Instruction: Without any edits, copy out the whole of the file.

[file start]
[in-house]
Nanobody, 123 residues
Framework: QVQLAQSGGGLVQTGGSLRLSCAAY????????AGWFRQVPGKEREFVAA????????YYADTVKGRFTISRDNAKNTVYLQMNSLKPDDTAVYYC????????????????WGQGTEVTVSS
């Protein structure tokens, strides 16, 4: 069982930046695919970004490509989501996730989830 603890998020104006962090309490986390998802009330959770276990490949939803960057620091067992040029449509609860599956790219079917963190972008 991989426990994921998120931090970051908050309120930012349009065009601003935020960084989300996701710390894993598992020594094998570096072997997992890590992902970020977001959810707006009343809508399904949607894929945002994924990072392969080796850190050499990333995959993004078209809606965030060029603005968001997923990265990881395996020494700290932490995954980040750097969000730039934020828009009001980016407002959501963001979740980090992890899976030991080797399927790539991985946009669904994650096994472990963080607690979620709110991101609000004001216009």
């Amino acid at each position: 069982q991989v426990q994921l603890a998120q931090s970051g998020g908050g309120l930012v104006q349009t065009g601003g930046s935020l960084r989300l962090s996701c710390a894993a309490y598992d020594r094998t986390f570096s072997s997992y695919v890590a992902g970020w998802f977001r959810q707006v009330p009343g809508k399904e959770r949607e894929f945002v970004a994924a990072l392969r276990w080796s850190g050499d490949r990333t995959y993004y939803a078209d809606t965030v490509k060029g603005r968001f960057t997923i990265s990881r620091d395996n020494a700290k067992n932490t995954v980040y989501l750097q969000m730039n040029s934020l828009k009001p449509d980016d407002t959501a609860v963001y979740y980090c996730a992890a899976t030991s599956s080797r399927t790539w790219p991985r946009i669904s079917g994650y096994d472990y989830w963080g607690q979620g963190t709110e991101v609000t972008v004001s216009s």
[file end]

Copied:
[in-house]
Nanobody, 123 residues
Framework: QVQLAQSGGGLVQTGGSLRLSCAAY????????AGWFRQVPGKEREFVAA????????YYADTVKGRFTISRDNAKNTVYLQMNSLKPDDTAVYYC????????????????WGQGTEVTVSS
């Protein structure tokens, strides 16, 4: 069982930046695919970004490509989501996730989830 603890998020104006962090309490986390998802009330959770276990490949939803960057620091067992040029449509609860599956790219079917963190972008 991989426990994921998120931090970051908050309120930012349009065009601003935020960084989300996701710390894993598992020594094998570096072997997992890590992902970020977001959810707006009343809508399904949607894929945002994924990072392969080796850190050499990333995959993004078209809606965030060029603005968001997923990265990881395996020494700290932490995954980040750097969000730039934020828009009001980016407002959501963001979740980090992890899976030991080797399927790539991985946009669904994650096994472990963080607690979620709110991101609000004001216009």
């Amino acid at each position: 069982q991989v426990q994921l603890a998120q931090s970051g998020g908050g309120l930012v104006q349009t065009g601003g930046s935020l960084r989300l962090s996701c710390a894993a309490y598992d020594r094998t986390f570096s072997s997992y695919v890590a992902g970020w998802f977001r959810q707006v009330p009343g809508k399904e959770r949607e894929f945002v970004a994924a990072l392969r276990w080796s850190g050499d490949r990333t995959y993004y939803a078209d809606t965030v490509k060029g603005r968001f960057t997923i990265s990881r620091d395996n020494a700290k067992n932490t995954v980040y989501l750097q969000m730039n040029s934020l828009k009001p449509d980016d407002t959501a609860v963001y979740y980090c996730a992890a899976t030991s599956s080797r399927t790539w790219p991985r946009i669904s079917g994650y096994d472990y989830w963080g607690q979620g963190t709110e991101v609000t972008v004001s216009s």